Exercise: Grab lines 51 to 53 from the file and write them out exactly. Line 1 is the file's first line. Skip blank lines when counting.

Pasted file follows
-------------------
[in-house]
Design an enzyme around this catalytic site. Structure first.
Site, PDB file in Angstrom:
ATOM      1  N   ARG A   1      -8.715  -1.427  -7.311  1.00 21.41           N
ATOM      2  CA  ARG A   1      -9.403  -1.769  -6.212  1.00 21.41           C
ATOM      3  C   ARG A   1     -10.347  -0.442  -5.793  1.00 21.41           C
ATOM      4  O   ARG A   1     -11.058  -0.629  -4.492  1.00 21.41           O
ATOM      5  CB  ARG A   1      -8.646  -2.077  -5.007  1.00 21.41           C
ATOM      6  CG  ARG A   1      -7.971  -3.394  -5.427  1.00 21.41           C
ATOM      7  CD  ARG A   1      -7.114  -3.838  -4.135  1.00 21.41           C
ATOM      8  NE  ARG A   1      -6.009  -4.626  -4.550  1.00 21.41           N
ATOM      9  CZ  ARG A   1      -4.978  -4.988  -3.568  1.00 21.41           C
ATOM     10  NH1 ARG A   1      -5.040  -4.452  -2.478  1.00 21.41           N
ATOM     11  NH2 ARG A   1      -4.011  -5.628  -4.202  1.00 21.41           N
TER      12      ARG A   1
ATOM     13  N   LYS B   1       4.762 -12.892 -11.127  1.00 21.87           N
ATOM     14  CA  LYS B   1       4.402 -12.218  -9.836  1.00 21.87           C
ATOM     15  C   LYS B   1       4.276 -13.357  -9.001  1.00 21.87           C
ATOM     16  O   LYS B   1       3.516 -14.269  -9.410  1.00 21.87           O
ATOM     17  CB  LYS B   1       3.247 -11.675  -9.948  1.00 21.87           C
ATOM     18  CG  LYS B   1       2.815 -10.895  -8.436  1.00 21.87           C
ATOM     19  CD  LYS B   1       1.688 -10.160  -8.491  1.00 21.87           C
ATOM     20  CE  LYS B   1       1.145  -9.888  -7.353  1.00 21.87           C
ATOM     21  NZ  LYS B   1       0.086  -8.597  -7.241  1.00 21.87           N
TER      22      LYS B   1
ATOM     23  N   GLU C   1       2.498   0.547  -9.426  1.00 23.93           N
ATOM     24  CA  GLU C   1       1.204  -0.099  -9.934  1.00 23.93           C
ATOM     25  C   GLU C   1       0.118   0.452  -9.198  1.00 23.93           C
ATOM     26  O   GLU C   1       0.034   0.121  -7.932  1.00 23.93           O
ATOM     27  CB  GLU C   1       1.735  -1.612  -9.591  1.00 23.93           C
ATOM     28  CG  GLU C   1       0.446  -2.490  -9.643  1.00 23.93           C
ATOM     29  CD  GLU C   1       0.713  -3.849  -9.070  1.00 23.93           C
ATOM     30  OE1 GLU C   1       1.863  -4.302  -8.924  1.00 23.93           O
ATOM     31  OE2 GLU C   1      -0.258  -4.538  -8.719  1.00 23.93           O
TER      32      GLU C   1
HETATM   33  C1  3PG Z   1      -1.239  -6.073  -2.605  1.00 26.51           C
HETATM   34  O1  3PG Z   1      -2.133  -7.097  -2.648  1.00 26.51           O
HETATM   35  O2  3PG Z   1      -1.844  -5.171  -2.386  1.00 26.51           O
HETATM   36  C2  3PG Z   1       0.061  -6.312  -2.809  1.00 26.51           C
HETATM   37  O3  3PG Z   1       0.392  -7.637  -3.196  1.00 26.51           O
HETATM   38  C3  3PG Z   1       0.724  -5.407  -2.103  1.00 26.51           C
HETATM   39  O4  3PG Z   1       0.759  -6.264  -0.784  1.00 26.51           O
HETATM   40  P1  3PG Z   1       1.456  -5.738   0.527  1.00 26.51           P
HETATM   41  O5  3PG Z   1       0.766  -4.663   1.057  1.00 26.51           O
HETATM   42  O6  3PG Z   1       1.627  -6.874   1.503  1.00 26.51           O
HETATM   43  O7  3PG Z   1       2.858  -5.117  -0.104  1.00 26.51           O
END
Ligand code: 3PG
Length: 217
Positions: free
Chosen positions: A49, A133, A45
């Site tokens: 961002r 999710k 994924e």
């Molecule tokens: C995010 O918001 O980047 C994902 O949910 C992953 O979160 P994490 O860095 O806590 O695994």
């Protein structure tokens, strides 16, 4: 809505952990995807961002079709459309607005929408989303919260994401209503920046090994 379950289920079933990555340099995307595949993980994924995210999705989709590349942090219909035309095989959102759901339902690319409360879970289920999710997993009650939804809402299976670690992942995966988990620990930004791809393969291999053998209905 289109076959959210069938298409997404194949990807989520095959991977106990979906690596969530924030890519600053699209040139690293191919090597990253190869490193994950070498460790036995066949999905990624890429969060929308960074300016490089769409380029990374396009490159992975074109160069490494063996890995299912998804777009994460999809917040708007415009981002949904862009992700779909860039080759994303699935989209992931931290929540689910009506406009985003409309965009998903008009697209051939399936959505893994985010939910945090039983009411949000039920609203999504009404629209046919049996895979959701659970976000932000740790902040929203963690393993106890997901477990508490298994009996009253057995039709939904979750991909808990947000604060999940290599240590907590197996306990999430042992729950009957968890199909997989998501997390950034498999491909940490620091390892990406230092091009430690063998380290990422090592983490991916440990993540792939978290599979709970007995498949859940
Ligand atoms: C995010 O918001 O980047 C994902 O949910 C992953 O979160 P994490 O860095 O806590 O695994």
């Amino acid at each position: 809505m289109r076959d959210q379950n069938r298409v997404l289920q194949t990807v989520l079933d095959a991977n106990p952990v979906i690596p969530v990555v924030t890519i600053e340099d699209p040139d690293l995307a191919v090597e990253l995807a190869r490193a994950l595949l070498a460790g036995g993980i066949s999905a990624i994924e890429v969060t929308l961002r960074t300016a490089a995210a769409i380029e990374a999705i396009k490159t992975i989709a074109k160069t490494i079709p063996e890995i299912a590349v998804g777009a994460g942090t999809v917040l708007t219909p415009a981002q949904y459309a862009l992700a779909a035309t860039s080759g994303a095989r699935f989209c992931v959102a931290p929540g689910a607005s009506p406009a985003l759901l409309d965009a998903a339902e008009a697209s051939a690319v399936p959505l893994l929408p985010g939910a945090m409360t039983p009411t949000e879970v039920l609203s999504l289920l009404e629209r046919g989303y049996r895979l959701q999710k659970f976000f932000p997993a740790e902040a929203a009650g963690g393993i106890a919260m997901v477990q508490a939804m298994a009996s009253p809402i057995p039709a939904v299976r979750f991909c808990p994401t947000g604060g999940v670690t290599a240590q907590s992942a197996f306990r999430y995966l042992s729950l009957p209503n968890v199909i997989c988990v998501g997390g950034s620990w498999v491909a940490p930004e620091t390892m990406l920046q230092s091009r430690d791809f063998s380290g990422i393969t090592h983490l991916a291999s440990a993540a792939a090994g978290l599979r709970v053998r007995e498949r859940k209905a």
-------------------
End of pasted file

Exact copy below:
Chosen positions: A49, A133, A45
């Site tokens: 961002r 999710k 994924e």
């Molecule tokens: C995010 O918001 O980047 C994902 O949910 C992953 O979160 P994490 O860095 O806590 O695994």